The story from Mia Giunta, an organizer for United Electrical, Radio and Machine Workers in Connecticut demonstrates this best. UE organizers were not sent from place to place, but would set down roots in an area. "The organizer took part in the negotiations at the place he orshe had organized." She says "I was a better `organizer' because I was also a `servicer' and a better `servicer' because I was also an `organizer.'" At one factory she helped organize, they had a radically different response to a reduction in work. Instead of laying off the workers with the least seniority, "Somebody suggested, `we'll all work a few hours less each week. That way everybody can stay. Everybody can have health insurance.' And they took advantage of the vacation and maternity leave, and that became the tradition at that factory."

Ed Mann, who passed away in 1992, and to whom the Lynds dedicate this book, worked in steel mills in Youngstown, Ohio. He was a member of the IWW and of the Workers Solidarity Club, a militant retirees organization. Mann believed that workers have "too much contract." He believed the proper way to solve problems was direct action. "I think the first three months I was there [on the open hearth], they must have had ten wildcat strikes. `We want rubber tire wheelbarrows.' ... `We want a relief man.' ... `We want cold water.' ... `We need safety masks today.' `Hey somebody got burned. We want safety jackets or we aren't going to work on those furnaces.'

"The grievance procedure wasn't working. That's why we had wildcat strikes. We weren't going to get tied up in paperwork. The wildcats didn't last long: a day, two days at most, maybe eight hours."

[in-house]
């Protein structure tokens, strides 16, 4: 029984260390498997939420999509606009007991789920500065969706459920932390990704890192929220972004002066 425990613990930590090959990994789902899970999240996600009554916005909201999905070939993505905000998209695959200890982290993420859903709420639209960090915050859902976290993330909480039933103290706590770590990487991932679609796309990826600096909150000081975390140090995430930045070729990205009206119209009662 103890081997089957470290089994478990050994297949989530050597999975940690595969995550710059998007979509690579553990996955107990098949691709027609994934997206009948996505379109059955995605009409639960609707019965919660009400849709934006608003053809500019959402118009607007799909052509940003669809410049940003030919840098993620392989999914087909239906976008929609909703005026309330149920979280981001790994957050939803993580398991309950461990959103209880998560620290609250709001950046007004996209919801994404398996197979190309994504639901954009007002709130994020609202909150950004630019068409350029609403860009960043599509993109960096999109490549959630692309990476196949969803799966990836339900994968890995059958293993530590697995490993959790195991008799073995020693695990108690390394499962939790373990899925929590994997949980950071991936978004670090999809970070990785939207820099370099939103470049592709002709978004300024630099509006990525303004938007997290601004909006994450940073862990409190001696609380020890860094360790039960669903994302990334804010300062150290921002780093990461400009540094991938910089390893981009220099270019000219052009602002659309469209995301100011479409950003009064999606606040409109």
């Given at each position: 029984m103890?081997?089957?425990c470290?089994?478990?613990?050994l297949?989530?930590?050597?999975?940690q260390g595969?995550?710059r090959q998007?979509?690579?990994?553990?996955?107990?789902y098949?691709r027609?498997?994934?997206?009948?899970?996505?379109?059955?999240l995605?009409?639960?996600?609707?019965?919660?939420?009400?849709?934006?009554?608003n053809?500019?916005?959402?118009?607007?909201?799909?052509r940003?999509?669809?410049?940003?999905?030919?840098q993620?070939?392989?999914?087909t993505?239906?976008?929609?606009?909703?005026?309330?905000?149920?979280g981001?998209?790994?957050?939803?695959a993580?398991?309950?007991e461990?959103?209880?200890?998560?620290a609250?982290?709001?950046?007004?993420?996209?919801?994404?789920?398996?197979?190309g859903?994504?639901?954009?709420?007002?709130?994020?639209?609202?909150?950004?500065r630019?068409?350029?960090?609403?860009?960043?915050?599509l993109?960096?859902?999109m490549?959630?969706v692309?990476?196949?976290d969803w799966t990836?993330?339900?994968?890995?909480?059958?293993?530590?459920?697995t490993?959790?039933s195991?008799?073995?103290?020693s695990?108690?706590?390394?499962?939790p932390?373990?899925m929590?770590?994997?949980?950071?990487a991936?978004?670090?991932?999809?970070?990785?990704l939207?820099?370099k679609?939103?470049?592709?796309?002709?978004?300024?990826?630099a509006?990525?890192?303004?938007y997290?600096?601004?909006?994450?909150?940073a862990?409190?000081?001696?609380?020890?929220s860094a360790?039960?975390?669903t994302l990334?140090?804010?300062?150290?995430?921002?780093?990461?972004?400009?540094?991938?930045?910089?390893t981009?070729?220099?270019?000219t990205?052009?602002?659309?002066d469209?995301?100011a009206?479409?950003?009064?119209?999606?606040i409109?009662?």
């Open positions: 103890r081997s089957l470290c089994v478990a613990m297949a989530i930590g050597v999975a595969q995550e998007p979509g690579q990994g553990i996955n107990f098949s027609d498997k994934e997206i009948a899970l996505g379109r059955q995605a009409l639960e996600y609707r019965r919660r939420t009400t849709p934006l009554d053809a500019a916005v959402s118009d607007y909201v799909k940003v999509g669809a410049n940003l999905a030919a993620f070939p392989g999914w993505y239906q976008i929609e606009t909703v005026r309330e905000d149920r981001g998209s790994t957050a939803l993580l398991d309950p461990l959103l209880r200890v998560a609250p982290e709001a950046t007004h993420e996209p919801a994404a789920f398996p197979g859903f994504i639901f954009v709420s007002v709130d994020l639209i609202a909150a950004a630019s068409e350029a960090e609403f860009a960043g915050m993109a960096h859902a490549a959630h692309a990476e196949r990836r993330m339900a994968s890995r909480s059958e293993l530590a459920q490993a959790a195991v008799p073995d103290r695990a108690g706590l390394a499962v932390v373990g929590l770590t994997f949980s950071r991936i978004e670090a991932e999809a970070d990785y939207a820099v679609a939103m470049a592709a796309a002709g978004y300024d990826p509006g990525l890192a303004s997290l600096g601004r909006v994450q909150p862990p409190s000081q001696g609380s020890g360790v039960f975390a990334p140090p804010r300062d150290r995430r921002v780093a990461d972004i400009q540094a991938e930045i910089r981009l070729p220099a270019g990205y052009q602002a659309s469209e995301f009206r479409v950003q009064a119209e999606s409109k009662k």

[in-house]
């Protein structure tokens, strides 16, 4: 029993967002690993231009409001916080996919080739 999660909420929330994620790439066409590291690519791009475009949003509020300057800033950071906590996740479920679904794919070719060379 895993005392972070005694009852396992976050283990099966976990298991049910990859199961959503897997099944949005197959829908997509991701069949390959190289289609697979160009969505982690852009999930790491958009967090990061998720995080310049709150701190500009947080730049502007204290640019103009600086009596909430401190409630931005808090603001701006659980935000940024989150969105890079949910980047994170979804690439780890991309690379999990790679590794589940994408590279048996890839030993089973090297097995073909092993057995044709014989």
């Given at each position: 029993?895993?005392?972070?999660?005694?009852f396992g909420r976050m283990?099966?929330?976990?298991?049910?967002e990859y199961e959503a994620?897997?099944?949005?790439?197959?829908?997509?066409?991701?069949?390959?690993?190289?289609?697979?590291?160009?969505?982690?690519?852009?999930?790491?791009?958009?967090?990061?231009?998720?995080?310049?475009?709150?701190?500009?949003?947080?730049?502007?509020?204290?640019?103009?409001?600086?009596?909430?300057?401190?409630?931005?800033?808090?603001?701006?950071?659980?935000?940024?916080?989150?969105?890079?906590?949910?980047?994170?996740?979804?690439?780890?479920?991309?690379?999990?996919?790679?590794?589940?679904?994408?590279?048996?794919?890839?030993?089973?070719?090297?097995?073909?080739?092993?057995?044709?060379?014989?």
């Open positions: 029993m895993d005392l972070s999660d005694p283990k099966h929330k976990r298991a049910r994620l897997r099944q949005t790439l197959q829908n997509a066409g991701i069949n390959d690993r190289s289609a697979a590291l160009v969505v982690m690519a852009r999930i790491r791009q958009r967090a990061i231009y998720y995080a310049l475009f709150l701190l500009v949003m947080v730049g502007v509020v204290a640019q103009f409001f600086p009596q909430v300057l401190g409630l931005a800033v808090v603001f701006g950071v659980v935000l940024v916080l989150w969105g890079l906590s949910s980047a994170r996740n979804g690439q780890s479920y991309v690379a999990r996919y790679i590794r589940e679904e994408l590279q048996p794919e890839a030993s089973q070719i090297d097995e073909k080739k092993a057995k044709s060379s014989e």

An activist in the Hebron Union of Workers in the West Bank of Palestine provides a contract for one of their workplaces, that not only provides for certain rates of pay and workplace insurance, but also: "On the ninth day of each month, there is a general strike against the occupation. If on that day the worker can not come to work or is late coming to work, nothing will be subtracted from their pay," and "Transportation to and from work must be paid by the employer." This union has only volunteer executive committee members and, "in each factory the union deals with the employer, not by someone from here [the executive] going to discuss for them, but by a committee of the workers themselves."

Martin Glaberman tells a funny story from the Dodge Main plant in the 1970s: "There was a joke in Hamtramck, where the plant was located, that an optimist is a Dodge worker who brings his lunch box to work. Day after day, some department would wildcat, and by the middle of the day the plant was shut down."

And on and on, the worker tell their stories. They're not all victories and these rank-and-file activists do not have stars in their eyes about their work, but the stories do provide hope and a reminder that we are not alone in the class struggle. The Lynds have done a fantastic job of pulling together workers into a book that provides innumerable examples of strategies that work, not in someone's theory about organizing, but in actual jobs. If you want to read about the IWW's ideas, then read this book.

Originally appeared in the Industrial Worker #1630 (January/February 2001)